If you're used to turning on the tap in your kitchen and pouring a glass of water to drink, you may not think twice about its quality. After all, in the vast majority of cases, this water is perfectly safe to consume, and you have nothing to worry about. Yet, your home may also be equipped with a special device to keep this water as clean and uncontaminated as possible due to a risk known as "backflow." What do you need to know about this device, especially if it is not working as it should?
The Need For Backflow Prevention
A backflow preventer may be a legal requirement in your jurisdiction but is, in any case, a good idea. It is a simple device that will stop water from flowing in the wrong direction down a pipe if there is an issue with a pressure differential.
Understanding The Risks
Imagine a situation where you supply water to irrigate your front garden. These pipes will be in close proximity to the surface of the lawn and could be particularly vulnerable to contamination if the water was to flow in the opposite direction. In this case, the outbound water may pull fertiliser from around the head of the sprinkler, which would find its way back into the primary pipe before regulating the pressure. Then, that contaminated water might find its way back up to your tap when you look for another glass of water — with obvious consequences.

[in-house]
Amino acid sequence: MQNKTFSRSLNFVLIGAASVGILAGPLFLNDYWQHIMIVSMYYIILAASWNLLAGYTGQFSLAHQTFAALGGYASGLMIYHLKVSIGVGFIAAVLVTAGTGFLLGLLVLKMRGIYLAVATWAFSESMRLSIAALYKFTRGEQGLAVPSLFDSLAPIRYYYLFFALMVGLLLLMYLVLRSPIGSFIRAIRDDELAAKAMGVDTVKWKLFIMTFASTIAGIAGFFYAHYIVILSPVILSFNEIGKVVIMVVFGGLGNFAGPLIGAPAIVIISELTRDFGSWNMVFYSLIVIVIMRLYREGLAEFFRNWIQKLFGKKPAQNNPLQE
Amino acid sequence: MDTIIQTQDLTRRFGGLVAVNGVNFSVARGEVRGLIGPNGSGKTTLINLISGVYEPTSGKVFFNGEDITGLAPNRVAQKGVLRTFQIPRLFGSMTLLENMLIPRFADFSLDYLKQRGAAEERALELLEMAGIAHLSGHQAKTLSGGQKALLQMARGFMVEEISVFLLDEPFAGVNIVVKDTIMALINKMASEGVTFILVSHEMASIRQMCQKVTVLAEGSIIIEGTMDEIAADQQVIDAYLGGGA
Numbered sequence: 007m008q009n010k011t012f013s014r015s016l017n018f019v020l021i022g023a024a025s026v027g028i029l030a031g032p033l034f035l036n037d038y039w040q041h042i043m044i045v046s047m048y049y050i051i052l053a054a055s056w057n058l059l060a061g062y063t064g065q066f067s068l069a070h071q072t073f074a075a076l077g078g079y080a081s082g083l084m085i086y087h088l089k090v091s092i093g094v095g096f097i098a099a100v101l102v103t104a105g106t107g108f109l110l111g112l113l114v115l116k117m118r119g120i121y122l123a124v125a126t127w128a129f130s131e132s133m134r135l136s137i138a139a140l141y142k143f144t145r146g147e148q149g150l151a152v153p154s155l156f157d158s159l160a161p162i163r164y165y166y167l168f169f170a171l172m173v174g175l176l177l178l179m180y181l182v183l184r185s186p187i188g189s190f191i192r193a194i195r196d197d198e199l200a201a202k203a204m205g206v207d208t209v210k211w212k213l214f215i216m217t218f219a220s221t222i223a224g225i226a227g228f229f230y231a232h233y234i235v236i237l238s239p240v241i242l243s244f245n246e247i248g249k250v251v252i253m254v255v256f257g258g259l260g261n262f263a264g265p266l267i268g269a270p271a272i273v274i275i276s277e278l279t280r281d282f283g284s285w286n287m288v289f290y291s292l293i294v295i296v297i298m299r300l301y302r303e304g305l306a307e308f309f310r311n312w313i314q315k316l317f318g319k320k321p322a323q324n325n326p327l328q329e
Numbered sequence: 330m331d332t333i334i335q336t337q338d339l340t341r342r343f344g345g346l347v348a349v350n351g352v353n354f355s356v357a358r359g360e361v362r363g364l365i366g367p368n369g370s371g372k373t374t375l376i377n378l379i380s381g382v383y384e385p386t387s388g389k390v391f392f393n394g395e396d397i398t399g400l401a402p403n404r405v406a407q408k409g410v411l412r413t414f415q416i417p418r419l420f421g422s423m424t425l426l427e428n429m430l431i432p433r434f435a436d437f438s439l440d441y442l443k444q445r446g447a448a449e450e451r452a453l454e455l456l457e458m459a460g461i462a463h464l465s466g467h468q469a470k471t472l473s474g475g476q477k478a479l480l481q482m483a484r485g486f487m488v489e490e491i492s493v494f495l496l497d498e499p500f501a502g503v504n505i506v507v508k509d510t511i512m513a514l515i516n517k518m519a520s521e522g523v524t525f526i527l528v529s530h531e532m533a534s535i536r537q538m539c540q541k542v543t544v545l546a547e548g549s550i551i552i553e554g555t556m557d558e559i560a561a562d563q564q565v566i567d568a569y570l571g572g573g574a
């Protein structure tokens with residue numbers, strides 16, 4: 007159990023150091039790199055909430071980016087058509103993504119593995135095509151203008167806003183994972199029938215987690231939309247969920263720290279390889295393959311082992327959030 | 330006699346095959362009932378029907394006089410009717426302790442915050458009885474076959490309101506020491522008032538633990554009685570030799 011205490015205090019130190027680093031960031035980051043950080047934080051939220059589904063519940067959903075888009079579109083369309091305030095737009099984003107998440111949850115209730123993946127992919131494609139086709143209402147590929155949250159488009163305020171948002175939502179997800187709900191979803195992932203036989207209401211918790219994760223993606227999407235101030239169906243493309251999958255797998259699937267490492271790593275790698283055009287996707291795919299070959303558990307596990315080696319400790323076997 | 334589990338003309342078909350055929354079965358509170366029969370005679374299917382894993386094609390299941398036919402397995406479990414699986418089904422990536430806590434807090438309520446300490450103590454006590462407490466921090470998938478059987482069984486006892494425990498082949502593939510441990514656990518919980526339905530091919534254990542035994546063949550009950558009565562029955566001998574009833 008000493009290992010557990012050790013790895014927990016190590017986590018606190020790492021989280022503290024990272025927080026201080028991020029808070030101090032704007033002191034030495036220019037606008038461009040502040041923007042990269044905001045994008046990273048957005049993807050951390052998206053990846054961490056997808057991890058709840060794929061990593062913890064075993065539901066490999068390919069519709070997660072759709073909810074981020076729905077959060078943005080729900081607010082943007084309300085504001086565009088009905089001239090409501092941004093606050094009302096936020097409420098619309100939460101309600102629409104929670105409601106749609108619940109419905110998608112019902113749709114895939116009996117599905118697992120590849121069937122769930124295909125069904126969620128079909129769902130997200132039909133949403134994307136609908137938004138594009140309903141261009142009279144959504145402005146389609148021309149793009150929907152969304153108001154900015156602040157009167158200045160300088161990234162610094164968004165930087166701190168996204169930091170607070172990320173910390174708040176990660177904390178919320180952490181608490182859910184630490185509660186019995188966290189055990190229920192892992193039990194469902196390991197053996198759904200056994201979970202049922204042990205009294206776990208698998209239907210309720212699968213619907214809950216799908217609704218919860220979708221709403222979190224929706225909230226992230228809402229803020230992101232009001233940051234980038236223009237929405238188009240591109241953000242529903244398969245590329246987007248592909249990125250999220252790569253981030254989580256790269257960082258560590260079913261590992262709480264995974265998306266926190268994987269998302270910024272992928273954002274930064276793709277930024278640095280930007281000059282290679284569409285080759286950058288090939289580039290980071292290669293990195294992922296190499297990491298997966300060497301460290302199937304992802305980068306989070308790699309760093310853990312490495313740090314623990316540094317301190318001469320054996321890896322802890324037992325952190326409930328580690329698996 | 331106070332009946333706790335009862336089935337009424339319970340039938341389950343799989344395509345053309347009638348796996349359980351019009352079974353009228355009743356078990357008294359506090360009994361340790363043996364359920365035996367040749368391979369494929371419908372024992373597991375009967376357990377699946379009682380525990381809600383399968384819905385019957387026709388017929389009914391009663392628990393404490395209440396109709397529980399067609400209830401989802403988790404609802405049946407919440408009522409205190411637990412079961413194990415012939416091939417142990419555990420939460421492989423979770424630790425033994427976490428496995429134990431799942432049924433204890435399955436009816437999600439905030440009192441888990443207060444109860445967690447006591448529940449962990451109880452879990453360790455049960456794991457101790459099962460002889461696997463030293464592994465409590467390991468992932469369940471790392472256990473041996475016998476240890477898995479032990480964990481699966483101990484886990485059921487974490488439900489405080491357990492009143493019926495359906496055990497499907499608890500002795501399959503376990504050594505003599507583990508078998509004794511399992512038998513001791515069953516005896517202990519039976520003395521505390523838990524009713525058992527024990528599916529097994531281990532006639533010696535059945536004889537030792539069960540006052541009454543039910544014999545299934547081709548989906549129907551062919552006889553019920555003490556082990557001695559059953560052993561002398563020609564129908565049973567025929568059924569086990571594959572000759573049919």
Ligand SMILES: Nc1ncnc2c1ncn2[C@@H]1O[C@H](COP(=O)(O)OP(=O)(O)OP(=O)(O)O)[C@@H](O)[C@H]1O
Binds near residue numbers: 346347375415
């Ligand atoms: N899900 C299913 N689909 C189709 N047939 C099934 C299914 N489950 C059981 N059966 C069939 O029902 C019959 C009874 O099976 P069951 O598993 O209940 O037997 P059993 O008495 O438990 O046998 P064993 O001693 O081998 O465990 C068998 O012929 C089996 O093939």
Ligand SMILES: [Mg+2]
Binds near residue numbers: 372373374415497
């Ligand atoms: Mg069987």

Dealing With Inconsistent Pressures
Everything will be fine should the pressure levels in the water system remain constant. This is not always the case, though. For example, the local fire service may need to open a hydrant nearby to deal with an outbreak. This can certainly reduce the pressure in the main supply, and when this happens, the water may flow backwards instead of forward.
The Risk Of Issues
When you have a working backflow preventer in place, you won't need to worry about these issues. Still, you need to keep an eye on these devices to ensure they do not fail and understand some of the key risks.
Potential Problem Areas
Due to their location, backflow preventers are vulnerable to leakage caused by dirt infiltration or thermal expansion. The preventer may spring a leak around the cover or close to the valve body. When this happens, the water pressure will drop, and you will need to take action as soon as possible to restore normal service.
Calling In The Experts
If you suspect issues with your backflow preventer, don't delay. Contact a service such as Martech Plumbing PTY LTD, and they will take the necessary action to maintain the safety of your water supply.